Little India - An authentic Indian experience in Singapore.
Vibrant colourful scenes of garlands and sarees and variety of North & South Indian restaurants with delicacies to savour as well greet you at Little India, which is one of the most vibrant and culturally authentic districts of Singapore. Take a walk down the main street of Serangoon Road and explore the neighbouring streets to find a mix of Hindu and Chinese temples, mosques and churches. Make sure to visit the Indian Heritage Centre to discover the rich heritage of the Singapore’s India community located right next to the Little India Arcade which is a bustling shopping complex. Food -
There is no lack of choices to fill their tummies with South Indian vegetarian food, North Indian tandoori dishes and local fare like roti prata (South-India influenced flat bread served with fish or mutton curry) and "teh tarik" (pulled tea in Malay served hot with milk).Shop -
Don’t forget to shop. The 24-hour shopping mall Mustafa Centre offers everything from electronics to groceries, or take your pick from Tekka Centre, goldsmith shops and sari stores.Celebrate -
The streets get more bustling during Deepavali (usually October or November) and Pongal (January). The joyous celebrations and spectacular festive street light up are wonderful sights to behold.
DO YOU KNOW?
Serangoon Road is one of the oldest roads built in Singapore in the 1820s.
Chinatown - Be enchanted by historic temples, hip bars and heritage.
The cramped five-foot-ways, dingy alleys and raucous street hawkers are relics of Chinatown’s past. Yet pockets of history remain in Chinatown, along with more modern sights. You could easily spend a few days wandering through these narrow streets with surprising finds of Chinese heritage brands and pastries like the diamond-shaped egg tarts at Tong Heng Confectionary. Thian Hock Keng temple with its 40m long colourful mural (see picture above) is not to be missed.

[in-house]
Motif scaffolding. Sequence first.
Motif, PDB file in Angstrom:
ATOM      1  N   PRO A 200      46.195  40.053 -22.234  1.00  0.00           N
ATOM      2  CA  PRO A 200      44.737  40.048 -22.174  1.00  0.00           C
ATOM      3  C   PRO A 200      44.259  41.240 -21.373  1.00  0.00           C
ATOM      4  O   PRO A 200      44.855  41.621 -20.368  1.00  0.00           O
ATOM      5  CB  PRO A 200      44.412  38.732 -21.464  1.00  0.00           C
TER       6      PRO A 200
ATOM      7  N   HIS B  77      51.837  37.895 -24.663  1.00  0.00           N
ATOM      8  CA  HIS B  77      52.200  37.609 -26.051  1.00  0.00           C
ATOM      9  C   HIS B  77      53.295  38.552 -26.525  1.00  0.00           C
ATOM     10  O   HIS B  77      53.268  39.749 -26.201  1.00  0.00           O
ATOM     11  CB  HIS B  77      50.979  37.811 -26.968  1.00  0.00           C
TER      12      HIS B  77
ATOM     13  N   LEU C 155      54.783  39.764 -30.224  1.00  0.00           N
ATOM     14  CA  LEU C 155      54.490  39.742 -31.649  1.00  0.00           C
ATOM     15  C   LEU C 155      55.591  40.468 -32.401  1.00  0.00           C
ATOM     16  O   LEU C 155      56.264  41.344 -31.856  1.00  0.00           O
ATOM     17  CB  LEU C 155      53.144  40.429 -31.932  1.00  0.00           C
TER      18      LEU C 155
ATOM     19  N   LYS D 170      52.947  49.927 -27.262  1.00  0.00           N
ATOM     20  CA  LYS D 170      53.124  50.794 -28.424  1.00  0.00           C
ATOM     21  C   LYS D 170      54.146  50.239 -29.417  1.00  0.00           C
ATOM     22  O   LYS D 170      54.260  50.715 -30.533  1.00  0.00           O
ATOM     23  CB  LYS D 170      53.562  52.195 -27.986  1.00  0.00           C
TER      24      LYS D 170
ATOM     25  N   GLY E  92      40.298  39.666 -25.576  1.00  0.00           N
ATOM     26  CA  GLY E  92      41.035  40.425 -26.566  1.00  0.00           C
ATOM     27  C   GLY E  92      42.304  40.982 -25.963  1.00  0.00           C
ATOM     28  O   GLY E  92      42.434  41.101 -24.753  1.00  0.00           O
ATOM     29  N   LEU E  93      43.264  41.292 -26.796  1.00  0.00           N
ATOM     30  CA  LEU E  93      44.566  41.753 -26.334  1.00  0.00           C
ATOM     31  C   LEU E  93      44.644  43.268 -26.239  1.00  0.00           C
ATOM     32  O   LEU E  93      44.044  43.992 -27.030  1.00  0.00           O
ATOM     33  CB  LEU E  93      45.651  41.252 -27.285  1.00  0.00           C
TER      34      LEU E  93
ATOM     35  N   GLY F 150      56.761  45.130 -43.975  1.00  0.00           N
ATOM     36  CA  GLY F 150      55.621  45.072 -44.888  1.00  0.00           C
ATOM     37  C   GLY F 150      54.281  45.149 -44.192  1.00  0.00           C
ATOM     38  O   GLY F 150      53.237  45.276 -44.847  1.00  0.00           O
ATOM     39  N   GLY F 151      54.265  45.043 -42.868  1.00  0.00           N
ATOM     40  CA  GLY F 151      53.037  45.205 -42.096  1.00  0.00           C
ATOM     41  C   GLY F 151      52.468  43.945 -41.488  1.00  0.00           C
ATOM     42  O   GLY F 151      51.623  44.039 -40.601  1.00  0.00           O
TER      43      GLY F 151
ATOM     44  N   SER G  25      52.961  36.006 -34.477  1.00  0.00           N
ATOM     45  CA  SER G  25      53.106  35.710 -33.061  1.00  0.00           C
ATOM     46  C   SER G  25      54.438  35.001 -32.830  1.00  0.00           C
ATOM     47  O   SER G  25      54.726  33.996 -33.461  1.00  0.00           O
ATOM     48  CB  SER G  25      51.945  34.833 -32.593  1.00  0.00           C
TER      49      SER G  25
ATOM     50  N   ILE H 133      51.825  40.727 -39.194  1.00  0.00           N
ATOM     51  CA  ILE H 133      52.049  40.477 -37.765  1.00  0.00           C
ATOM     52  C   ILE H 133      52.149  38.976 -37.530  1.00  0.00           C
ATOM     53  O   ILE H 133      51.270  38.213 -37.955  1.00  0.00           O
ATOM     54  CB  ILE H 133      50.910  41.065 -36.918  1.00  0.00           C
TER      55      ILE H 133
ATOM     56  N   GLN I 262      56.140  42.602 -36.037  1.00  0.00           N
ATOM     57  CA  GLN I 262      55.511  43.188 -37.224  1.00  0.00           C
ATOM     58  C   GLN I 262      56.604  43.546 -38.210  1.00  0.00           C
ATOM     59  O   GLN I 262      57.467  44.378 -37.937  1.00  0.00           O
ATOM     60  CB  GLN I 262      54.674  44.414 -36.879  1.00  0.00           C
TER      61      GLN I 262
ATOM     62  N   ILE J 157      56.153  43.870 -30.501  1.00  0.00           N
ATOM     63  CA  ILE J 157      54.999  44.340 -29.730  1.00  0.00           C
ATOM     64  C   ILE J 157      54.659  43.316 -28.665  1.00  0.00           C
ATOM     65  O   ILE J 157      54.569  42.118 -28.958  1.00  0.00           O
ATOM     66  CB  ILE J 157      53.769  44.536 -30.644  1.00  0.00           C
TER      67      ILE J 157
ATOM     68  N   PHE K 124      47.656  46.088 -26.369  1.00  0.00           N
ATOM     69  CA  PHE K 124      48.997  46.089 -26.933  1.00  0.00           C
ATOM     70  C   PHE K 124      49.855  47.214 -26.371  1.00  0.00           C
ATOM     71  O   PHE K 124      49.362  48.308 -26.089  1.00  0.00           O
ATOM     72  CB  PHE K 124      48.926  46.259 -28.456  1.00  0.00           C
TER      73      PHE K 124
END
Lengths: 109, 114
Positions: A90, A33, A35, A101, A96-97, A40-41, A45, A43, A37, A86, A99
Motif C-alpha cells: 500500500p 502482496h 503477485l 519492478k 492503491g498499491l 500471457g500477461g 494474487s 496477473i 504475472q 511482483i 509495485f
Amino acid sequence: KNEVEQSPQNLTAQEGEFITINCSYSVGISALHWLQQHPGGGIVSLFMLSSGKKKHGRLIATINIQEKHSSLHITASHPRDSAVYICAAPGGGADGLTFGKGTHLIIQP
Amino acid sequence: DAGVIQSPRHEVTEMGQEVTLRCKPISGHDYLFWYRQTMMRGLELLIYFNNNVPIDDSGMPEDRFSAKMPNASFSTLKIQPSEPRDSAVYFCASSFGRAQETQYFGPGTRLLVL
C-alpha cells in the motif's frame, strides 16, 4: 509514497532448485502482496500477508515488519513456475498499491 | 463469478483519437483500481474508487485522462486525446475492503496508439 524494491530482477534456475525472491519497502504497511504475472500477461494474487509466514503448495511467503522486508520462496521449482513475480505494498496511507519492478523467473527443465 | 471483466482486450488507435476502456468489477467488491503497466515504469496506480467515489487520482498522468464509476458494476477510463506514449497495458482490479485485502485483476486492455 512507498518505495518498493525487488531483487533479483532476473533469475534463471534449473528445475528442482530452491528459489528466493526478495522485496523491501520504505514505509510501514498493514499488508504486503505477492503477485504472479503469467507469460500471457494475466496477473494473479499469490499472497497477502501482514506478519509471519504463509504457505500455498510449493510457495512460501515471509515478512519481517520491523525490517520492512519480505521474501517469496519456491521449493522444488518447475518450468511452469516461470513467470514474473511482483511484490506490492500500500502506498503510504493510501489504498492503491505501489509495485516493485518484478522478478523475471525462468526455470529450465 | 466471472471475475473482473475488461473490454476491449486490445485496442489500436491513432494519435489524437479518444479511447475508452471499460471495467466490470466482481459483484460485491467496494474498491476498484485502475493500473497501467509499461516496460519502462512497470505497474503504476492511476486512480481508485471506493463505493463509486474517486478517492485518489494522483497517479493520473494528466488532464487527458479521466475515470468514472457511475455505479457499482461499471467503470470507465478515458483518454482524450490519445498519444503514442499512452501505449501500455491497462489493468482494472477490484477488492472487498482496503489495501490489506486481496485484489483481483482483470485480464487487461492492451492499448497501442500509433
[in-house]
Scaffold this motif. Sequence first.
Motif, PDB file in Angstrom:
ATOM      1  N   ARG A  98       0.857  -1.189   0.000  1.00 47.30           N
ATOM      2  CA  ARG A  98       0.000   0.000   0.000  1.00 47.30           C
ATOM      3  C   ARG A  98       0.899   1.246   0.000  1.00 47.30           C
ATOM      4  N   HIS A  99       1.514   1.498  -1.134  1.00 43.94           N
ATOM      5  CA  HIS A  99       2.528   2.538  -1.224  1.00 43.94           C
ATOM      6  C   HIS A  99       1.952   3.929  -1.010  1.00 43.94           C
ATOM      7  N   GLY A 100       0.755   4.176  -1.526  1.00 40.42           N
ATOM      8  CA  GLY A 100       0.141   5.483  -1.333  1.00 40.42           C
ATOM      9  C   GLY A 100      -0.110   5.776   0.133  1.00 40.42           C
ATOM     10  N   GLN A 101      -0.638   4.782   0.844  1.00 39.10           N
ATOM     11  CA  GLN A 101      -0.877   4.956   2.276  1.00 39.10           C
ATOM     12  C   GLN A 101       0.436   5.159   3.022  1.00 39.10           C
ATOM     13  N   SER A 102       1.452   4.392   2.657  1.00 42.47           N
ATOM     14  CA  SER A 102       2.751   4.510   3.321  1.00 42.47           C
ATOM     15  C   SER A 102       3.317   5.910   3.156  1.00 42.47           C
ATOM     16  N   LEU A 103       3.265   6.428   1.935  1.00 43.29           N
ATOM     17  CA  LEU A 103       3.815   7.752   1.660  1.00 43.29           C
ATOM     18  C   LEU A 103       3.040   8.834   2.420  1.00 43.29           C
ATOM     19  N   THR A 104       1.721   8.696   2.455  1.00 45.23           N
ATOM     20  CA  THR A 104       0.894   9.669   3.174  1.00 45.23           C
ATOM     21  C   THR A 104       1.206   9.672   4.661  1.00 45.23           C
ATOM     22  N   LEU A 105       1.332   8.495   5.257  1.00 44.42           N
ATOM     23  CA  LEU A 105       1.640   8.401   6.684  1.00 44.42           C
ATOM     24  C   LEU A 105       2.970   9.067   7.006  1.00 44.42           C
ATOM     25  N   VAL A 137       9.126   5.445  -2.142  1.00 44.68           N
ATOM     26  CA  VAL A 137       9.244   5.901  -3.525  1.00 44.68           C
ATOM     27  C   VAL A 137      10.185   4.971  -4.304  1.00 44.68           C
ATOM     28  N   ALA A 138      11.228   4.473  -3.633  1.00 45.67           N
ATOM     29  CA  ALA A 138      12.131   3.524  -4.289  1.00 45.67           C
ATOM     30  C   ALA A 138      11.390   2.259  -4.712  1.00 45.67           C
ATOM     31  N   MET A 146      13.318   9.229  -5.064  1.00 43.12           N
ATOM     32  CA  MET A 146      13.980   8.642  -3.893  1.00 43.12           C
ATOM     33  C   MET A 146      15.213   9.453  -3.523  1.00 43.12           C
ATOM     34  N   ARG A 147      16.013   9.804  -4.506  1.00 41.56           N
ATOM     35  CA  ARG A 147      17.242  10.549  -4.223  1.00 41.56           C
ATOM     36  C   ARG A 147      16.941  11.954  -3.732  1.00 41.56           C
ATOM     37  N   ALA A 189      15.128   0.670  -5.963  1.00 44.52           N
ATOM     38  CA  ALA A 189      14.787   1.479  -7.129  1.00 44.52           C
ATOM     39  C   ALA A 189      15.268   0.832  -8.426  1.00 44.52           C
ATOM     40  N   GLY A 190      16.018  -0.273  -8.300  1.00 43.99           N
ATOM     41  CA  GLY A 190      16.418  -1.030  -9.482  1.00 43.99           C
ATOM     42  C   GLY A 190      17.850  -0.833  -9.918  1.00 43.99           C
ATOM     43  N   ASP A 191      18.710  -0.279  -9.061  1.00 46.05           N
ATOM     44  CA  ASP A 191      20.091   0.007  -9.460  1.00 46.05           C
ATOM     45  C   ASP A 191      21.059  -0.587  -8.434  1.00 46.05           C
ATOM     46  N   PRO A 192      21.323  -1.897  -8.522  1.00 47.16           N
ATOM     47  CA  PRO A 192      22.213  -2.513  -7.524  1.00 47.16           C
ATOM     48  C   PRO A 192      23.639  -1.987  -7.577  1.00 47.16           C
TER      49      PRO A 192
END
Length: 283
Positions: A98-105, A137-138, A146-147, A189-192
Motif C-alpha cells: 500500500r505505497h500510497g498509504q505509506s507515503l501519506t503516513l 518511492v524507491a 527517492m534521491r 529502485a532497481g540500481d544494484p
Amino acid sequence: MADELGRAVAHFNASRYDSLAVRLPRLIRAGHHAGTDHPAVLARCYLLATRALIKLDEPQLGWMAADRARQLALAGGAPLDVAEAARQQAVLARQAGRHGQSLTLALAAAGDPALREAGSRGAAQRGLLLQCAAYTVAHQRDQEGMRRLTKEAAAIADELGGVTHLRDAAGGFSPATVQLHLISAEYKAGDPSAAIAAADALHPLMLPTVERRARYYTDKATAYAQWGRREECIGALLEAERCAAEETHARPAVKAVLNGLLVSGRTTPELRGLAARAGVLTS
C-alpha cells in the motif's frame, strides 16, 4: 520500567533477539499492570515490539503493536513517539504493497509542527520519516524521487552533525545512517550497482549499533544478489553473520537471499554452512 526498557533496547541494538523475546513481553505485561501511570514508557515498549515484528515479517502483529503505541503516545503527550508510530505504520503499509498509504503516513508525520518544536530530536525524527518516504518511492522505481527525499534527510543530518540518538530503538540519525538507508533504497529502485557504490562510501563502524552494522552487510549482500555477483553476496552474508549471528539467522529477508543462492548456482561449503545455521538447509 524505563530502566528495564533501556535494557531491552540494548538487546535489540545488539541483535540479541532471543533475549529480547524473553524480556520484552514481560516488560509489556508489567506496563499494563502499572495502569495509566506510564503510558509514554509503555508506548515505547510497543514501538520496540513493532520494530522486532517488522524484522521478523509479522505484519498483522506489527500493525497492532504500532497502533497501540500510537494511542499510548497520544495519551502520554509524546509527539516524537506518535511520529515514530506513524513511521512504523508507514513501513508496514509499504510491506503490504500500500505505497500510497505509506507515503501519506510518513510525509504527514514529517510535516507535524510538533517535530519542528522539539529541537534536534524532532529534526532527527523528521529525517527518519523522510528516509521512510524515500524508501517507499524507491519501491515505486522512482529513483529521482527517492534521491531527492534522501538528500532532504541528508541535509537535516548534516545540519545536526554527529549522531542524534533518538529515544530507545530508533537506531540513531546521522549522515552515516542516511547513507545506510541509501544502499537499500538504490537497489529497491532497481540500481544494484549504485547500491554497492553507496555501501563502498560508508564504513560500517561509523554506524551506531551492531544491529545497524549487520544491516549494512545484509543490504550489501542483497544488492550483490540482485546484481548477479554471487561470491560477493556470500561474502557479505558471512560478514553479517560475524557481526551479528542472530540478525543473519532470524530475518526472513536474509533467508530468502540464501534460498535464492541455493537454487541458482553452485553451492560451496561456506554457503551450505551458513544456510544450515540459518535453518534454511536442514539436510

Family-run goldsmiths, medicinal halls and teahouses ply their trades next to sleeker neighbours such as hipster bars and lifestyle shops located at Keong Saik Street, Ann Siang Hill and Club Street. Six of Asia’s 50 Best Bars are found in Chinatown – Native, Tippling Club, The Old Man, Gibson, D.Bespoke, Nutmeg & Clove. The best way for your clients to explore Chinatown is by walking. For a glimpse into the lives of Chinatown’s early residents, do visit the Chinatown Heritage Centre. It also has a good collection of souvenirs and collectibles to bring home.
Kampong Gelam is an eclectic blend of history and culture with a trendy lifestyle scene. It has its origins as a thriving port town and is Singapore's oldest urban quarter. In Malay, the word kampong means "compound", while "gelam" is often attributed to the long-leaved paperbark tree, which was commonly found in the area and used for boat-making, medicine and even as a seasoning for food.
You’ll love the culinary delights here, from local delicacies such as Nasi Padang
(steamed rice served with various dishes) and Malay kueh
(bite-sized desserts) to Middle Eastern, Japanese, Swedish and even Mexican fare. Shopaholics, head to colourful Haji Lane
— a row of multi-label stores, quirky boutiques as well as hip bars and cafes. Or pick up traditional wares such as Persian carpets, kebaya
(traditional nonya dress) dresses and handmade perfumes from Arab Street and Bussorah Street. Kampong Glam truly comes alive during Ramadan (Muslim fasting month) leading up to Hari Raya Aidilfitri. Join in the iftar
(breaking of fast) in the evenings, or stroll through the bustling night markets.
DO YOU KNOW?
The Bugis neighbourhood, where Kampong Gelam is located within, is ranked the 29th coolest neighbourhood in the world based on Time Out Index Survey (October 2020).
Published date Oct 2020. All info is accurate as at time of publication.